Well on track Several media including REUTERS reported that IKEA was on track to become climate positive by 2030. IKEA is the world’s biggest furniture brand and its annual carbon […]
Well on track
Several media including REUTERS reported that IKEA was on track to become climate positive by 2030. IKEA is the world’s biggest furniture brand and its annual carbon emissions fell 6% from pre-pandemic levels despite record sales.
Brand owner Inter IKEA defines its value chain as from raw material production to customers’ use and disposal of products. Emissions in the value chain became 26.2 million tons of CO2 equivalent in the 12 months through August. This number was an upwardly revised 27.9 million in fiscal 2019. Thus, fell for the first time compared to the pre-pandemic level.
Compared to fiscal 2020, when emissions fell as stores closed temporarily due to the pandemic, emissions increased 6%. In fact, the number was an upwardly revised 24.7 million tons of CO2 equivalent.
While the climate footprint from materials kept expanding, the drop in total emissions came mainly from several factors. They are the use of more renewable energy across operations, and a larger share of sales of more energy efficient light bulbs and plant-based food.
Inter IKEA CEO Jon Abrahamsson was confident about reaching IKEA’s target to be climate positive. It is to reduce more greenhouse gas emissions than its value chain emits by 2030. He answered in the following.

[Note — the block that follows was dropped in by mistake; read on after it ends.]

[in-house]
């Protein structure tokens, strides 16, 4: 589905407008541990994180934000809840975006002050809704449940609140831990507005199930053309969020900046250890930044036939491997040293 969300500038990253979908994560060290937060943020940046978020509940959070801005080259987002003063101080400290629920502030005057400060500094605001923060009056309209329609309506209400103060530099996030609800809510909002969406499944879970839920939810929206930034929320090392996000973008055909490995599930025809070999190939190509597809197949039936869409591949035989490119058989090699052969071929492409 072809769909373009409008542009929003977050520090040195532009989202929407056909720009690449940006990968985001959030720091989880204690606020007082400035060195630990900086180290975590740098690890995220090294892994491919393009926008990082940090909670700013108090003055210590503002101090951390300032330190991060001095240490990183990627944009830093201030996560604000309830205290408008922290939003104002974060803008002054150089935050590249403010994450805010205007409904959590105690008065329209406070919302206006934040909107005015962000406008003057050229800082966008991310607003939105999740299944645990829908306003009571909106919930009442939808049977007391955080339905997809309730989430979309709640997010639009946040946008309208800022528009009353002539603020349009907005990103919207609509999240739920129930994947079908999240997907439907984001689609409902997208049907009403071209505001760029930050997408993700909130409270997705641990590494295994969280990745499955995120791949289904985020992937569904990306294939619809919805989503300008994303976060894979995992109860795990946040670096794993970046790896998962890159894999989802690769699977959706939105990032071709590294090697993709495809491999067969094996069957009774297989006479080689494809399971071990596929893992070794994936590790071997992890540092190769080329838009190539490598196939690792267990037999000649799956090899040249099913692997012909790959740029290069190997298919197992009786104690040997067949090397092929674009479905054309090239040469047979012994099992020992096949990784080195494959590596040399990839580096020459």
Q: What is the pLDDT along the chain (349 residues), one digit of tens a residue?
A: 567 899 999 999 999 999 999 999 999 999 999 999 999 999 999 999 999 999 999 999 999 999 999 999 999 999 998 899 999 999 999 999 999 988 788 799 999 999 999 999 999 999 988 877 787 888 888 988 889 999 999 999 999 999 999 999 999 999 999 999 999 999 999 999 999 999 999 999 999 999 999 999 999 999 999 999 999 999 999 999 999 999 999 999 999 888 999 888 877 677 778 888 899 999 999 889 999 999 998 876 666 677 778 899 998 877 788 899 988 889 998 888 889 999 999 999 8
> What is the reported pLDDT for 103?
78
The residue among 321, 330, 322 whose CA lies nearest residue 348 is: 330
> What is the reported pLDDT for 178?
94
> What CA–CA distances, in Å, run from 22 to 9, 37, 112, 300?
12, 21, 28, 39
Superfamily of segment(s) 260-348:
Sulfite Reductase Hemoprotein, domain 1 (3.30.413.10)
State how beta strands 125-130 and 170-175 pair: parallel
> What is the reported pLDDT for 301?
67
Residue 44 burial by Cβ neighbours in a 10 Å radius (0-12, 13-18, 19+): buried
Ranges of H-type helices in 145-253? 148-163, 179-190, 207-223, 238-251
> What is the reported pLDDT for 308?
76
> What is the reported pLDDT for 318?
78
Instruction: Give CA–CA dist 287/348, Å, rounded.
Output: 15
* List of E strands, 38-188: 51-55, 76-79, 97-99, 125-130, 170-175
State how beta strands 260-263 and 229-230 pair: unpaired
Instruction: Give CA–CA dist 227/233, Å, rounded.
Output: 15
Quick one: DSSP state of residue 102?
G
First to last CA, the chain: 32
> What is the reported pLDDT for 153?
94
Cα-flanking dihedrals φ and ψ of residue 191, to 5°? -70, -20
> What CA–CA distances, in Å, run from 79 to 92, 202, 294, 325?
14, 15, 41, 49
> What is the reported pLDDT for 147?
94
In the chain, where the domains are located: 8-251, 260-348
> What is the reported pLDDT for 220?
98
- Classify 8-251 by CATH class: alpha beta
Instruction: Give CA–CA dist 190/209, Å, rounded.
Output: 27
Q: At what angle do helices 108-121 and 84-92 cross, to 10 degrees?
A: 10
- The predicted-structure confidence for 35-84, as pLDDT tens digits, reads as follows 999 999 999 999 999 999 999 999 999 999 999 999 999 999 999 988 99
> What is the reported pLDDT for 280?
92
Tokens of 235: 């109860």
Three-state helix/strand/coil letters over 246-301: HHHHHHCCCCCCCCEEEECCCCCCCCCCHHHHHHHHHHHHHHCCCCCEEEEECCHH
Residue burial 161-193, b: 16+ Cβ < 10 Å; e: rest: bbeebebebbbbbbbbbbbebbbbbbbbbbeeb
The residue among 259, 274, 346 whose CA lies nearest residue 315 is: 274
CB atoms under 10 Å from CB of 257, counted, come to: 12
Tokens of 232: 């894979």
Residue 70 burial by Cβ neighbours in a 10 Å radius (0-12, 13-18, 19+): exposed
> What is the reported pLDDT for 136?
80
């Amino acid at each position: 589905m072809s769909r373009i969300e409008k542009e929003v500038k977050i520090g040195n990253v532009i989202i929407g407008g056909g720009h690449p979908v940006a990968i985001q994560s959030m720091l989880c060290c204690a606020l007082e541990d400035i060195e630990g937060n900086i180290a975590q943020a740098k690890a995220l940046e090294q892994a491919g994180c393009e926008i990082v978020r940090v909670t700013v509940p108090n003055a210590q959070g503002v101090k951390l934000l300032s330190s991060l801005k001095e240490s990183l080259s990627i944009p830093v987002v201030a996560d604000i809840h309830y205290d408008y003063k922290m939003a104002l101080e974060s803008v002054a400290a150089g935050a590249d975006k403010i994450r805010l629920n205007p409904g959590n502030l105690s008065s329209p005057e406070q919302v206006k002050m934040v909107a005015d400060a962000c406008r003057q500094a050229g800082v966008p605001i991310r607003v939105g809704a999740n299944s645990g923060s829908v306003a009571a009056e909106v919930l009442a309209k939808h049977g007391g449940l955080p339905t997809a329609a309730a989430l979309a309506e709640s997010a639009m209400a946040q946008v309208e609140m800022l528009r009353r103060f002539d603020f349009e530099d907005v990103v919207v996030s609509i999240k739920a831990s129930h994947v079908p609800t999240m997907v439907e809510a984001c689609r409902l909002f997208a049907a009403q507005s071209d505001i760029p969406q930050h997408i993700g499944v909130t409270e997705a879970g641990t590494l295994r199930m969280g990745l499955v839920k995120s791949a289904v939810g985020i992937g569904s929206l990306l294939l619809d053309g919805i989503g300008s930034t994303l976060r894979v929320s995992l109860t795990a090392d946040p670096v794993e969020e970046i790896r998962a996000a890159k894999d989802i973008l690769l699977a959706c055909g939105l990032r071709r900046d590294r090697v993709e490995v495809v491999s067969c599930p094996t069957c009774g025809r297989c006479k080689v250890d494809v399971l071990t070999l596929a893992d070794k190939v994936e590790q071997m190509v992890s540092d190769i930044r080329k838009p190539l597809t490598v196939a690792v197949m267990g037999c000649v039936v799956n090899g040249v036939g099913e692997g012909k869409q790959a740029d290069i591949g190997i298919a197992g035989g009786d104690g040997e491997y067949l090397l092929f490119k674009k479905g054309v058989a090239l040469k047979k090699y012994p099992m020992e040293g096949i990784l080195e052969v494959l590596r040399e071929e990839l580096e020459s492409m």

“We have (since baseline year 2016) managed to do a third of what our ambition is for 2030. Thus, we are well on track. Then there are big challenges ahead and we need to put all our energy and efforts into securing that we continue on a positive trend towards this goal.”
Our media thinks that 2020 is the year to raise our awareness on climate change. For example, our research correspondent has been living in Barcelona, Spain. In the spring of 2020, Spain was one of the worst hit countries by the pandemic. As a result, the country introduced one of the severest restrictions in the world. He could go out only twice or three times in a week to purchase groceries in the nearest supermarket.
After spending this kind of life for two months, he found that the air in roads became clearer. Thus, he was able to see longer view than before. This story looks fake, but the reality is true. In the end, he naturally felt that he would want to reduce greenhouse gas emissions (GHGs) as much as he can. He wanted the cleaner world.
We assumed that a trend to reduce GHGs would continue, but it did not happen. Like IKEA, we have increased GHGs in 2021. Therefore, it seems very natural that climate activists including Greta Thunberg have advocated that we need further actions to make our society more sustainable.
In this sense, big companies including IKEA must be a good example to realize economic value as well as social value. Of course, they are running their businesses in capitalism markets, so it is important for them to increase sales and profits. However, they have big responsibilities for our society at the same time. Thus, we want to believe that the Swedish company will be able to achieve climate positive by 2030.